Many people mistakenly think that they have control over a loved one’s property by virtue of being a parent, a child, or a spouse. This is wrong! If you are disabled (hospitalized, nursing home) and unable to act for yourself, no one else can deal with your property. No one else can speak with social security, the IRS, the bank, even a utility provider if the account is solely in the unavailable person’s name. This even includes assets that are jointly held. Everyone, even young adults, should have a Durable Power of Attorney appointing someone they trust to immediately step into their shoes. Otherwise that loved one will need to get a guardianship and/or conservatorship to gain access, which is time consuming, burdensome, and extremely expensive.
Durable Powers of Attorney have strict requirements from state to state. For example, Maine has statutory notices that must be in every Maine Durable Power of Attorney. Grabbing a Durable Power of Attorney on-line is not a good solution and puts you at risk for having invalid documents.
Don’t ignore this critical document and leave your assets unprotected. EVERYONE must have a Durable Power of Attorney today.
-Kathryn Bedell, Esq.
Do you own an IRA/401K/Annuity or other retirement “pre-tax” account? When was the last time you checked the beneficiary designations on those accounts? You could be wasting your retirement money on unnecessary taxes.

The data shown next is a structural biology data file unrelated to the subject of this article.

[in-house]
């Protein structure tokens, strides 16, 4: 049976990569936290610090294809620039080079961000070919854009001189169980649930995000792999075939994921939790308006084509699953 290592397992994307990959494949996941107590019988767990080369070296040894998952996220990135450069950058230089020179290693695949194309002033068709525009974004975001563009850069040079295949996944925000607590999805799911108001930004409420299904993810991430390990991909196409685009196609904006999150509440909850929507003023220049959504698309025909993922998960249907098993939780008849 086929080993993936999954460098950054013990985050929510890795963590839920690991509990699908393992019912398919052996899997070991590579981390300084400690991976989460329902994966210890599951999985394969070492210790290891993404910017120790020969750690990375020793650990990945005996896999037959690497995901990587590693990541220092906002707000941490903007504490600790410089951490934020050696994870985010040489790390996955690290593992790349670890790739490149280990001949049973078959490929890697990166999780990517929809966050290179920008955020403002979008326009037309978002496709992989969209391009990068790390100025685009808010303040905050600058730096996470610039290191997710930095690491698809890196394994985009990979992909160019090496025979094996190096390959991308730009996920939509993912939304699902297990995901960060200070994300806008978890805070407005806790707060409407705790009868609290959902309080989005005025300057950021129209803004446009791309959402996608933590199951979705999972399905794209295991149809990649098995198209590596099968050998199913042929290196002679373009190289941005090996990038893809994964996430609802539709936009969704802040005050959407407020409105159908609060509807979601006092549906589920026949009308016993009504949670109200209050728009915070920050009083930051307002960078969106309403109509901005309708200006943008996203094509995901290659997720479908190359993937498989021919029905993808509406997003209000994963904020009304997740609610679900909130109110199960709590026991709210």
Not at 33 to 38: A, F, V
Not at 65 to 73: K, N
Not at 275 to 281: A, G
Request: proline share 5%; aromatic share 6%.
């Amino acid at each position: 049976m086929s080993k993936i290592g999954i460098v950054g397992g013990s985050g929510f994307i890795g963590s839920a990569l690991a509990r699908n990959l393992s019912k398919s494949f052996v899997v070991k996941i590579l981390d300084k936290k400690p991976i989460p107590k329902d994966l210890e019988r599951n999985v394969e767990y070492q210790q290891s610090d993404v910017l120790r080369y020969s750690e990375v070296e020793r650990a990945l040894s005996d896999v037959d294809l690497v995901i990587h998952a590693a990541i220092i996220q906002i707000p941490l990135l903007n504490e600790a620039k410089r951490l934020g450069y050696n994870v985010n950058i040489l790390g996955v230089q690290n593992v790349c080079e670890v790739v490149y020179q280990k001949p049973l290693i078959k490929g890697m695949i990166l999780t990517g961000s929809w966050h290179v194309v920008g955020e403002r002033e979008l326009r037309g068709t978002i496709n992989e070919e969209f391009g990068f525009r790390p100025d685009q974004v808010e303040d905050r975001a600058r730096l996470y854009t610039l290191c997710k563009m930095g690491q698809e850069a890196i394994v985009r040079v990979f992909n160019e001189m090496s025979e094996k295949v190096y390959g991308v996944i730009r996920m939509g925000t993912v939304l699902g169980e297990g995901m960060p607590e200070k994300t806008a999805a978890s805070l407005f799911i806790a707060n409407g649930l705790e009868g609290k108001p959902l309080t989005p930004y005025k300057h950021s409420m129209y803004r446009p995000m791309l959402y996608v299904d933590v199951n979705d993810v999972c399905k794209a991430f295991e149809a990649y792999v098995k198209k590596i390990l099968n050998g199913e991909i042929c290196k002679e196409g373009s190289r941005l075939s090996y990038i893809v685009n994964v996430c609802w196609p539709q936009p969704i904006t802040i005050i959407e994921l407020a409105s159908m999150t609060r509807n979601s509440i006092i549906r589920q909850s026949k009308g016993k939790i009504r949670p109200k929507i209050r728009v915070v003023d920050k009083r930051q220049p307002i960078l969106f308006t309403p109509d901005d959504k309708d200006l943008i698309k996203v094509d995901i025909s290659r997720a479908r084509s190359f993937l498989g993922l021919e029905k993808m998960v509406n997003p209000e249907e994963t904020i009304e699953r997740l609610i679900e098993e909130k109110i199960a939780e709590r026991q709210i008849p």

We often forget that giving retirement accounts to our heirs comes with a tax. Most of these accounts are “pre-tax,” meaning that you have taken a pass on paying income tax until later. That promise to pay carries over to your beneficiaries. Most companies will prompt you for a beneficiary when you set up the account, but that could have been years ago. Things change, a beneficiary may have died, you may have divorced, etc. You always want to make sure you have “primary” AND “contingent” beneficiaries on these accounts. The tax savings you will pass to your heirs is significant. If your primary beneficiary predeceases you, in a common accident, for example, and you don’t have a contingent beneficiary named, that account will default to your “Estate” when you die. Estates are taxed (Federal and State) at the very highest income bracket there is. Moreover, individuals can usually spread out the tax liability over the rest of their lives. Estates have to take the money in a set time frame, meaning potentially one-half of the money will needlessly go to pay completely avoidable income tax.
So, update those beneficiary designations and make sure you have a contingent beneficiary named on all these types of accounts.
– Kathryn Bedell, Esq.